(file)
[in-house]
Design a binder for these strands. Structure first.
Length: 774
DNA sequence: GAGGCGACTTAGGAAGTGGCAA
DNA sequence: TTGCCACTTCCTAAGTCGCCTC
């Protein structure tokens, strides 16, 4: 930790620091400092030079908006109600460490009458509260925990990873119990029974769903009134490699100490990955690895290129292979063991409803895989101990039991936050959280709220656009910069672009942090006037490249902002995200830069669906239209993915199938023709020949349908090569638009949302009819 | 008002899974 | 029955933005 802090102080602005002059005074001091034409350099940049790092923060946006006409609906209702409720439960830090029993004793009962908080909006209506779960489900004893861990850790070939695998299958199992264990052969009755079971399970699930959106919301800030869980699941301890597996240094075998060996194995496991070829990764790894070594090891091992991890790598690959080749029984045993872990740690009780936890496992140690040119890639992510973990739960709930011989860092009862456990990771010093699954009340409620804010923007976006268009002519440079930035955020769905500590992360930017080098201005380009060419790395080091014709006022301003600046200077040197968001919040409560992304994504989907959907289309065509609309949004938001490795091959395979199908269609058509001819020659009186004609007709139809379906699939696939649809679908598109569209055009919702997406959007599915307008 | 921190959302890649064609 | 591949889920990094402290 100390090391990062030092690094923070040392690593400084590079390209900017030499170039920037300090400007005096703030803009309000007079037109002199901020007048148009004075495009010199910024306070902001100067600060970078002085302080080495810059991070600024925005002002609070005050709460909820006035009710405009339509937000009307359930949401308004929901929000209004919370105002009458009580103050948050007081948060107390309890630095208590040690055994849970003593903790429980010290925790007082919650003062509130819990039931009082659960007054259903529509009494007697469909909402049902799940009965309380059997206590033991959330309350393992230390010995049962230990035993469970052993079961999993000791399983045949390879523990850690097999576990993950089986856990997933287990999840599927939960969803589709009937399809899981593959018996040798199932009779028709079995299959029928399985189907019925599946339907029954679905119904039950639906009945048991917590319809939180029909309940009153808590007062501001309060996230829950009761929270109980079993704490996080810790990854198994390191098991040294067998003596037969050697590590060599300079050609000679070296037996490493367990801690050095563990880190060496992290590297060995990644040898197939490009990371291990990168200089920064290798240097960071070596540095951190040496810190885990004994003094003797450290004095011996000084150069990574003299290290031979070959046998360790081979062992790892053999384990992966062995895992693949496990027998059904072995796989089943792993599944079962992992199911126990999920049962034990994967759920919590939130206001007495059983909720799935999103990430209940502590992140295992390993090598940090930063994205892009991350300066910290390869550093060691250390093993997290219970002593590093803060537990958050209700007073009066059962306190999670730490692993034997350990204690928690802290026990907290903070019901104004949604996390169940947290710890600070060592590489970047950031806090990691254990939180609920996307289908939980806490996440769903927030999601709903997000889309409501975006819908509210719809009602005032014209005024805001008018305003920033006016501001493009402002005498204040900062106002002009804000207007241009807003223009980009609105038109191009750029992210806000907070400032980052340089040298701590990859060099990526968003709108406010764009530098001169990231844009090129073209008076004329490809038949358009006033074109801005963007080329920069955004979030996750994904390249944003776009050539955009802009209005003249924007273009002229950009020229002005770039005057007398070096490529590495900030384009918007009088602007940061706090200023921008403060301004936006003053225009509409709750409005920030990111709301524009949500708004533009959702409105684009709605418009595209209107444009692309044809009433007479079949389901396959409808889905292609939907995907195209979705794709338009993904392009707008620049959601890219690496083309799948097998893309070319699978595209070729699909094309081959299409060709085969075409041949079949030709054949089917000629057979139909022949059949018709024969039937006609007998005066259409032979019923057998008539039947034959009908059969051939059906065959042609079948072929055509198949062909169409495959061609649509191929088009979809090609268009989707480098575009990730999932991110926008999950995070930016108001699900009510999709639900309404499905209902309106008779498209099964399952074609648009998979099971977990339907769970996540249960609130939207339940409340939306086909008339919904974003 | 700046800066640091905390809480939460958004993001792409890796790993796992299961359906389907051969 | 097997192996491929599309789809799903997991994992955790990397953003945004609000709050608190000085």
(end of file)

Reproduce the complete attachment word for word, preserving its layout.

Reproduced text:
[in-house]
Design a binder for these strands. Structure first.
Length: 774
DNA sequence: GAGGCGACTTAGGAAGTGGCAA
DNA sequence: TTGCCACTTCCTAAGTCGCCTC
């Protein structure tokens, strides 16, 4: 930790620091400092030079908006109600460490009458509260925990990873119990029974769903009134490699100490990955690895290129292979063991409803895989101990039991936050959280709220656009910069672009942090006037490249902002995200830069669906239209993915199938023709020949349908090569638009949302009819 | 008002899974 | 029955933005 802090102080602005002059005074001091034409350099940049790092923060946006006409609906209702409720439960830090029993004793009962908080909006209506779960489900004893861990850790070939695998299958199992264990052969009755079971399970699930959106919301800030869980699941301890597996240094075998060996194995496991070829990764790894070594090891091992991890790598690959080749029984045993872990740690009780936890496992140690040119890639992510973990739960709930011989860092009862456990990771010093699954009340409620804010923007976006268009002519440079930035955020769905500590992360930017080098201005380009060419790395080091014709006022301003600046200077040197968001919040409560992304994504989907959907289309065509609309949004938001490795091959395979199908269609058509001819020659009186004609007709139809379906699939696939649809679908598109569209055009919702997406959007599915307008 | 921190959302890649064609 | 591949889920990094402290 100390090391990062030092690094923070040392690593400084590079390209900017030499170039920037300090400007005096703030803009309000007079037109002199901020007048148009004075495009010199910024306070902001100067600060970078002085302080080495810059991070600024925005002002609070005050709460909820006035009710405009339509937000009307359930949401308004929901929000209004919370105002009458009580103050948050007081948060107390309890630095208590040690055994849970003593903790429980010290925790007082919650003062509130819990039931009082659960007054259903529509009494007697469909909402049902799940009965309380059997206590033991959330309350393992230390010995049962230990035993469970052993079961999993000791399983045949390879523990850690097999576990993950089986856990997933287990999840599927939960969803589709009937399809899981593959018996040798199932009779028709079995299959029928399985189907019925599946339907029954679905119904039950639906009945048991917590319809939180029909309940009153808590007062501001309060996230829950009761929270109980079993704490996080810790990854198994390191098991040294067998003596037969050697590590060599300079050609000679070296037996490493367990801690050095563990880190060496992290590297060995990644040898197939490009990371291990990168200089920064290798240097960071070596540095951190040496810190885990004994003094003797450290004095011996000084150069990574003299290290031979070959046998360790081979062992790892053999384990992966062995895992693949496990027998059904072995796989089943792993599944079962992992199911126990999920049962034990994967759920919590939130206001007495059983909720799935999103990430209940502590992140295992390993090598940090930063994205892009991350300066910290390869550093060691250390093993997290219970002593590093803060537990958050209700007073009066059962306190999670730490692993034997350990204690928690802290026990907290903070019901104004949604996390169940947290710890600070060592590489970047950031806090990691254990939180609920996307289908939980806490996440769903927030999601709903997000889309409501975006819908509210719809009602005032014209005024805001008018305003920033006016501001493009402002005498204040900062106002002009804000207007241009807003223009980009609105038109191009750029992210806000907070400032980052340089040298701590990859060099990526968003709108406010764009530098001169990231844009090129073209008076004329490809038949358009006033074109801005963007080329920069955004979030996750994904390249944003776009050539955009802009209005003249924007273009002229950009020229002005770039005057007398070096490529590495900030384009918007009088602007940061706090200023921008403060301004936006003053225009509409709750409005920030990111709301524009949500708004533009959702409105684009709605418009595209209107444009692309044809009433007479079949389901396959409808889905292609939907995907195209979705794709338009993904392009707008620049959601890219690496083309799948097998893309070319699978595209070729699909094309081959299409060709085969075409041949079949030709054949089917000629057979139909022949059949018709024969039937006609007998005066259409032979019923057998008539039947034959009908059969051939059906065959042609079948072929055509198949062909169409495959061609649509191929088009979809090609268009989707480098575009990730999932991110926008999950995070930016108001699900009510999709639900309404499905209902309106008779498209099964399952074609648009998979099971977990339907769970996540249960609130939207339940409340939306086909008339919904974003 | 700046800066640091905390809480939460958004993001792409890796790993796992299961359906389907051969 | 097997192996491929599309789809799903997991994992955790990397953003945004609000709050608190000085």